2011_02_17 13_55_38I wanted to spend a few days to eat and recover a bit before riding to Jordan, and Dahab is the closest town you might like to kill some time in (the ferry to Jordan is a mere 80km north of Dahab in Nuweiba). I didn’t plan on getting sick a second time. I was a bit worried that I might have Giardia after a week of not getting better the second time, so I bought some antibiotics on day 9 of being sick and I seem to be on the mend. So, like most, I have spent far longer than I expected in Dahab. But, disappointingly, I haven’t done very much (like most who seem to spend months here). I have got out a few times to snorkel (when the wind wasn’t blowing me off the beach), and the reef really is first class. Although I don’t see a lot of point in diving – the best of the reef is in about 5m of water (although there are many other dive sites I didn’t look at). I would to have a photo but camera isn’t waterproof.

2011_02_17 06_32_11My Egyptian visa is perilously close to expiring, so I cheated yesterday and took a tour to the top of Mt Sinai. To watch the sunrise and get frozen. This is the site of the oldest monastery in the world, and the place where Moses was delivered the Ten Commandments. I didn’t know until I got there that the mountain next door (Mt St Catherine) was higher, but I didn’t have time to bag that one. I was amused that the monks in the monastery keep a fire extinguisher beside the ‘burning bush’.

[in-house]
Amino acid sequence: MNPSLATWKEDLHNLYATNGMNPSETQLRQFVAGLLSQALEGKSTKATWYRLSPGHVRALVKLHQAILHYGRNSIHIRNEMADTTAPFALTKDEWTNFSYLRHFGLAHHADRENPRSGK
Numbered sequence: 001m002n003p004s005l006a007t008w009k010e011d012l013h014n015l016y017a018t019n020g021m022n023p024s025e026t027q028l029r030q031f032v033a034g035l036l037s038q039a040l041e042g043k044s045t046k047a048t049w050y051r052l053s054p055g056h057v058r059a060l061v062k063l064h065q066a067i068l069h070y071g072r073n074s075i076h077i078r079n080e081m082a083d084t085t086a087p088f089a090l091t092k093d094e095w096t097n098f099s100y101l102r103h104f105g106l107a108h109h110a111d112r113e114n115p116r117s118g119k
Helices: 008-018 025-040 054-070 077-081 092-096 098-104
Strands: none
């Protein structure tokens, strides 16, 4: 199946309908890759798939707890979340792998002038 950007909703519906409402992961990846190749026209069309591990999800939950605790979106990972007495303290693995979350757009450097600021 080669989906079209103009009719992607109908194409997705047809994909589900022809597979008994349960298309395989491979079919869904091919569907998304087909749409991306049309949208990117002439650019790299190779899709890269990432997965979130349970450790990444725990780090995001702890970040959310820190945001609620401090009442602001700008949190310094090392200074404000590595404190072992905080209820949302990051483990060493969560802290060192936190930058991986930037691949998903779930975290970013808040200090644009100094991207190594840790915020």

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Today I did have great plans to go to Jordan but after staying awake all night to walk to Mt Sinai and the combined effects of being sick for weeks, my body (traitorous as it is) had better ideas and I slept too long. I hope the wind is below ‘full sand blast in the face’ again tomorrow.





Pyramids and People

22 01 2011

So I’m in Cairo. I’m a tourist; there are things a tourist must do. I went to see the Egyptian Museum yesterday, and made the trek out to the pyramids at Giza today. So far the only riding I have managed is from the airport to the Hostel.

IMG_6548The Museum was very interesting, but huge. And became a bit boring by the end. The Pyramids were very big, and quite evidently not going anywhere. The Sphinx was, as I had been warned, smaller in reality than I expected. But these are all objects I had seen in photos since my childhood, so I knew what to expect. I did have a good time crawling around in some of the pyramids – it’s slightly unreal that those walls, statues, engravings, etc, etc were built 4.5k years ago. That is a very old, and very big, pile of rock. And a stupid amount of tourists, and proportional number of locals trying, relentlessly, to sell a camel or horse ride.